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Multiple reports of possible food poisoning from the Laclede Jimmy Johns led to the restaurant’s temporary closure during the weekend of January 25th. According to The University News, at least 15 St. Louis University students reported food poisoning and two students have been hospitalized after eating food from the Laclede Jimmy Johns. The Jimmy Johns is located at 3822 Laclede Avenue across from St. Louis University’s Vandeventer soccer fields. Jack Johnston of The University News broke the story.
Multiple SLU students reported having food poisoning after eating food from the Laclede Jimmy Johns. On January 18th, Jimmy Johns catered a campus retreat for an SLU student organization. 15 students who attended the event later reported getting ill after eating food from the Laclede Jimmy Johns.
At least 2 SLU students were hospitalized. Baker Mitchell was hospitalized after “From 7 p.m. on Sunday until about 11:30 p.m. on Sunday I threw up twelve times.” Mitchell’s roommate had to take him to the emergency room. Mitchell and another SLU student who attended the event were both hospitalized on the evening of January 19th.
Another SLU student, Nandini Fonseca, says “I will never eat Jimmy John’s again in my life.” Fonseca got sick on January 19th, one day after eating a tuna sandwich from Jimmy Johns.
The St. Louis City Health Department temporarily closed the Laclede Jimmy Johns during the weekend of January 25th. “A City of St. Louis Health Department sign was soon posted on the door claiming an ‘Order of Cessation’ for the restaurant,” according to The University News.
During the weekend someone took down the Health Department’s “Order of Cessation” sign. The Health Department’s sign was swapped out for a sign claiming that a “water main break” led to the Laclede Jimmy Johns closing.
Jimmy Johns restaurant manager Jeff Lewis told The University News that a water main break had led to the restaurant’s closing. “Lewis stated the water main break did not affect the quality of food at that time, and he especially pointed out that the City Health Department sign was only posted to make the water main break ‘official.’” One wonders why a water main break would need to be made “official.”
Kim Vanden Berg of the St. Louis City Department of Health confirmed to The University News that the Laclede Jimmy Johns closed because they “received complaints of persons experiencing gastrointestinal illness following dining from the establishment.” The City Health Department says that the location reopened “after it was determined there was no risk to the public.”
If the Laclede Jimmy Johns did cause a food poisoning outbreak among St. Louis University Students, what could the food poisoning pathogen have been?
In investigating food poisoning outbreaks, the timing of the onset of symptoms can be a major clue. Nandini Fonseca reported getting sick the day after she ate Jimmy Johns. Similarly, Baker Mitchell reported that his vomiting began at 7:00pm the day after eating Jimmy Johns. Symptoms beginning one day after consuming the tainted food point to three potential food poisoning pathogens, E. coli O157:H7, Salmonella, and Norovirus.
Symptoms of E. coli O157:H7 typically begin 1 to 8 days after consuming the tainted food. Symptoms include severe (often bloody) diarrhea, abdominal pain, and vomiting.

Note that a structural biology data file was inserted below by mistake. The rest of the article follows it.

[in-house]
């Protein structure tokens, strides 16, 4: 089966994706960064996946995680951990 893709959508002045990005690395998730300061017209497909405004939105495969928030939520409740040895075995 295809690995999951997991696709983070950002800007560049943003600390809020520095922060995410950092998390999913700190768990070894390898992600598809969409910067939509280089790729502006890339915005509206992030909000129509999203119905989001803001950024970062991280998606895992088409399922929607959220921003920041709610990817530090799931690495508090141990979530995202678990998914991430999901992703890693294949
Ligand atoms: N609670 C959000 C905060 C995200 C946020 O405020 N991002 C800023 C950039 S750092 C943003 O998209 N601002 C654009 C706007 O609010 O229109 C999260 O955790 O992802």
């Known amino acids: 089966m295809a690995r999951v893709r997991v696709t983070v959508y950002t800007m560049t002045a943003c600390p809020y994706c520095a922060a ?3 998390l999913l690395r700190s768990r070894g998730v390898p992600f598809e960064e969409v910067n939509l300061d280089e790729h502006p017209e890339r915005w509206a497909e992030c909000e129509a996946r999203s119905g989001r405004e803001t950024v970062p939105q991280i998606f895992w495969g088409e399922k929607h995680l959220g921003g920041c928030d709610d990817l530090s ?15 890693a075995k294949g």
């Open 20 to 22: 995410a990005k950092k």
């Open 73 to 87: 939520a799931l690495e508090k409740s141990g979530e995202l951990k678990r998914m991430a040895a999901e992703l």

Salmonella symptoms typically begin 6-48 hours after consuming contaminated food. Symptoms typically include diarrhea, fever, abdominal cramps, and vomiting.
Norovirus symptoms typically begin within 12 to 48 hours. Norovirus symptoms include nausea, vomiting, abdominal cramping, diarrhea, fever, and headache. Diarrhea is more common in adults.
The CDC estimates 48 million people become ill in the United States each year from food poisoning. Over half (65% actually) of all foodborne outbreaks reported to the CDC are linked back to eating in restaurants or delicatessens.
In one study, a group of investigators gathered data from FoodNet. In a study analyzing 457 foodborne disease outbreaks, 300 were restaurant related. 98% of the 300 had only one contributing factor causing the outbreak. The most common contributing factor resulting in 137 outbreaks was “handling by an infected person or carrier of pathogen.” This is a significant number considering one lapse can have such high statistical repercussions.
The purpose of the study was to identify the contributing factors in restaurant-linked foodborne disease outbreaks. 75% of the outbreaks investigated were linked to Norovirus and Salmonella. These infections were predominately linked back to transmission by food workers. Significant resources are devoted to preventing contamination of food products before they make it to the point of service. Restaurants must ensure that staff have adequate training and understanding for how to handle the food once it becomes in their custody. Food worker health and hygiene were primary factors in contributing to foodborne illness.
Our mission is to help families who have been harmed by contaminated food or water. When restaurants or corporations cause food poisoning outbreaks, we use the law to hold them accountable. This is all we do.
If you got food poisoning from a restaurant and are interested in making a legal claim for compensation, we can help. Our food poisoning lawyer can help you pursue compensation for your food poisoning. Call us for a free no obligation legal consultation at (833) 330-3663 or send us an e-mail here.
By: Jory D. Lange, Jr.